My rural postal carrier broke the news to me today. And she had it almost right. "Did you hear they are releasing wolves in the Lower Pennisula?"  One missing word in this rapid fire world of  news dissemination can make a world of difference. In this exciting breaking wildlife news story that one word is "captured" as in "captured and released". Here is the rest of the story and a photo supplied by the MDNRE:  A wolf pack was verified by tracks on the ground in Cheboygan County earlier this year. An on-going effort to capture and radio-collar an adult wolf brought a surprise. The U.S. Department of Agriculture -Wildlife Services, in partnership with the MDNRE trapped a wolf pup in the northern Lower Peninsula early last week.  The live-trapping (and radio-collaring of adults) allows wildlife biologists to "better monitor the distribution, activity and number of wolves in that region" according to MDNRE biologist Jennifer Kleitch.   What makes the capture and subsequent release of the 23 pound wolf pup born on 'our' soil - with an identification tag now in the ear - is that this is the first facts-on-the-ground solid evidence of wolves breeding in the Lower Peninsula since wolves were extirpated (killed off) here in the early1900's.  Kleitch added, "It indicates that we have at least one breeding pair in the region and the potential for a growing population."   And how did this small pack of wolves arrive on our side of the Big Bridge? It was not some sort of  clandestine black ops operations with secret night-running trucks or lightless helicopters hauling them south. They came here the old fashion way: They walked. Mostly likely across the frozen Straits of Mackinaw a few winters ago, for nature always finds a way. And this writer's guess is there are more than just a mom and pop and a single pup, for Canis lupus does not howl to announce arrival: Howling is communication between individuals--and packs. For information on wolf identification and a wolf  reporting form go to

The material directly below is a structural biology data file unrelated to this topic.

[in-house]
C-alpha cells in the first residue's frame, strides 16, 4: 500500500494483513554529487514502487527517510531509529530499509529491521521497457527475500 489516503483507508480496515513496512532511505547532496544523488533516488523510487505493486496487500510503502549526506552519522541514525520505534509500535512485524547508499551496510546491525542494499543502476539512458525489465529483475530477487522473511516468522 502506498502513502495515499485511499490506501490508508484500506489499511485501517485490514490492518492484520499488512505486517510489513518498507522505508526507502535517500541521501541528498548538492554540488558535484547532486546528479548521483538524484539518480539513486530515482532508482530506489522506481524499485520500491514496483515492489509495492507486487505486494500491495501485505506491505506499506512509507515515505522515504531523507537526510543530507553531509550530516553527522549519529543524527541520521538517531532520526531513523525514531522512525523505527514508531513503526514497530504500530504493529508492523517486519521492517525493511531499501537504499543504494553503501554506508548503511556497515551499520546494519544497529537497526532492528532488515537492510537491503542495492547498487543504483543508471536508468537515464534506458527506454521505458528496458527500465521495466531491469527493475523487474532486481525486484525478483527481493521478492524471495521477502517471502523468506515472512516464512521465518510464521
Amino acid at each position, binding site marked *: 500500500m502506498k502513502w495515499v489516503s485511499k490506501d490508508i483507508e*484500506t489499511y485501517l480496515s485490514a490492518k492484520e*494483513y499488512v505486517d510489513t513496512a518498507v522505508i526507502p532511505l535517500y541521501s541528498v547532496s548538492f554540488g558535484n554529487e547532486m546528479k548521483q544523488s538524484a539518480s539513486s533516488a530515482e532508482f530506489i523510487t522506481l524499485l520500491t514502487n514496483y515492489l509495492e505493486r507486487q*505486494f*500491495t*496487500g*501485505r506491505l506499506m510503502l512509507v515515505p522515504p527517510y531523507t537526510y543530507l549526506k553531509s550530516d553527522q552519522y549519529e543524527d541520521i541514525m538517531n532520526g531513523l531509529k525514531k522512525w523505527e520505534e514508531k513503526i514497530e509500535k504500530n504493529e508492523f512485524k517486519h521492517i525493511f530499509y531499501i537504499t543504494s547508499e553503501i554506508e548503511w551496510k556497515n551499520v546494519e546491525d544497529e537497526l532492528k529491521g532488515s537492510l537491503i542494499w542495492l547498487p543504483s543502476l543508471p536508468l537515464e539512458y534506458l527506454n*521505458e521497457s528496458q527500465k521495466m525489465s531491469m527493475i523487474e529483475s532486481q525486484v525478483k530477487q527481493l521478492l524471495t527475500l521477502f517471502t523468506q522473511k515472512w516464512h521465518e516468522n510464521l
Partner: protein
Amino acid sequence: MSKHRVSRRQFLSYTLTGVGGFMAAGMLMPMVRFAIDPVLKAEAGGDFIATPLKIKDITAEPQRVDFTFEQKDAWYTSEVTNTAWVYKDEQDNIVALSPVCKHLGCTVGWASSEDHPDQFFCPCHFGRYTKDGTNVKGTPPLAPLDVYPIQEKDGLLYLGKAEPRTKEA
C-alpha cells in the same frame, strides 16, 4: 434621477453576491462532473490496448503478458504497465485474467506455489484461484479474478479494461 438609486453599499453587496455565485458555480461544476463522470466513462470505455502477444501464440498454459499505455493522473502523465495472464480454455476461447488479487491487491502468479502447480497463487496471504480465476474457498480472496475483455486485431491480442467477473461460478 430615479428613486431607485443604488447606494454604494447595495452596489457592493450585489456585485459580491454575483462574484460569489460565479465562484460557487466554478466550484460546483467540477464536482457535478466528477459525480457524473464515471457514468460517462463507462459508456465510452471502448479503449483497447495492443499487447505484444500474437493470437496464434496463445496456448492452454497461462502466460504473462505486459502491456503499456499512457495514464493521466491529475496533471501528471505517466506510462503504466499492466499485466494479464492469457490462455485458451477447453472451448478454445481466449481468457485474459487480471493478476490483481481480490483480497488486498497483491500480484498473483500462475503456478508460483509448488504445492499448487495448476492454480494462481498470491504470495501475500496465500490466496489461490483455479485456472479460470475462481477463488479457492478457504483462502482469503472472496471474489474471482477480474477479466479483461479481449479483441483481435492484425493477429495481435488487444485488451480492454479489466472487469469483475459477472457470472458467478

Sunday, July 25, 2010